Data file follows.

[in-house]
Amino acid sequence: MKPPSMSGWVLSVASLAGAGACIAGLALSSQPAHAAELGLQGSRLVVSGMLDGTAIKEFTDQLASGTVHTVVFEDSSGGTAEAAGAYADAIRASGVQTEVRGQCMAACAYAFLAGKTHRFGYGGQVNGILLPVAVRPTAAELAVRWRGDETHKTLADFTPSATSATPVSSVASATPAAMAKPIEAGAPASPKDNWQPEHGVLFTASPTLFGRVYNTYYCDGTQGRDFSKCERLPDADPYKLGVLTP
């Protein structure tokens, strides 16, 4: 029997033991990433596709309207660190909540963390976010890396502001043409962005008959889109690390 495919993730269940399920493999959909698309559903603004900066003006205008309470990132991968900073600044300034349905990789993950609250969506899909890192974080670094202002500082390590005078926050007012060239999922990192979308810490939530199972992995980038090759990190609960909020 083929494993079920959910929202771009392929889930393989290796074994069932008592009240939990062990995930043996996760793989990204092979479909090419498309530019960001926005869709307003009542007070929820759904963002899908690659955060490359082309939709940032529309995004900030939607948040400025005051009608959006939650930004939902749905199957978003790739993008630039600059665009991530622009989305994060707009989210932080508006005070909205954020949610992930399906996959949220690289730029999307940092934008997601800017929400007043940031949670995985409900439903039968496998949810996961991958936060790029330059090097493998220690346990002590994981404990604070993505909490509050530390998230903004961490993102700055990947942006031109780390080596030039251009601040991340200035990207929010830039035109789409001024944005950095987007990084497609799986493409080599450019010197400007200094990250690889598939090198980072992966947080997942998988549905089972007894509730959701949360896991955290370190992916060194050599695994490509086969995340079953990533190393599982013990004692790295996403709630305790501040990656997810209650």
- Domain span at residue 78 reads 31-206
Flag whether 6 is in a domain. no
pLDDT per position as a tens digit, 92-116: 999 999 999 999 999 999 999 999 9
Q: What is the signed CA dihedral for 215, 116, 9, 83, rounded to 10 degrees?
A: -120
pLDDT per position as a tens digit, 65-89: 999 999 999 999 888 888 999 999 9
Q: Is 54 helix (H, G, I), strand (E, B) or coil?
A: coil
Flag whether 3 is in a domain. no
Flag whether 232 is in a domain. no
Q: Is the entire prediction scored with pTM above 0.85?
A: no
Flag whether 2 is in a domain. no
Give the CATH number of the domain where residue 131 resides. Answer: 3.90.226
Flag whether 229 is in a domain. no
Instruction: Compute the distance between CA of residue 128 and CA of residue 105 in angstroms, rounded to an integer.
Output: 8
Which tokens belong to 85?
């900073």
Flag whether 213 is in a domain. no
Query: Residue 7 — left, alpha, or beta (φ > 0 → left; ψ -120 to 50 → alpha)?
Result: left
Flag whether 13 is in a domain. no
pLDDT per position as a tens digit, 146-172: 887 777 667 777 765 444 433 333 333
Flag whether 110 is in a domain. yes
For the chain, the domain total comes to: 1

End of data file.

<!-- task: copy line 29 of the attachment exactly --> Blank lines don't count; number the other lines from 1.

For the chain, the domain total comes to: 1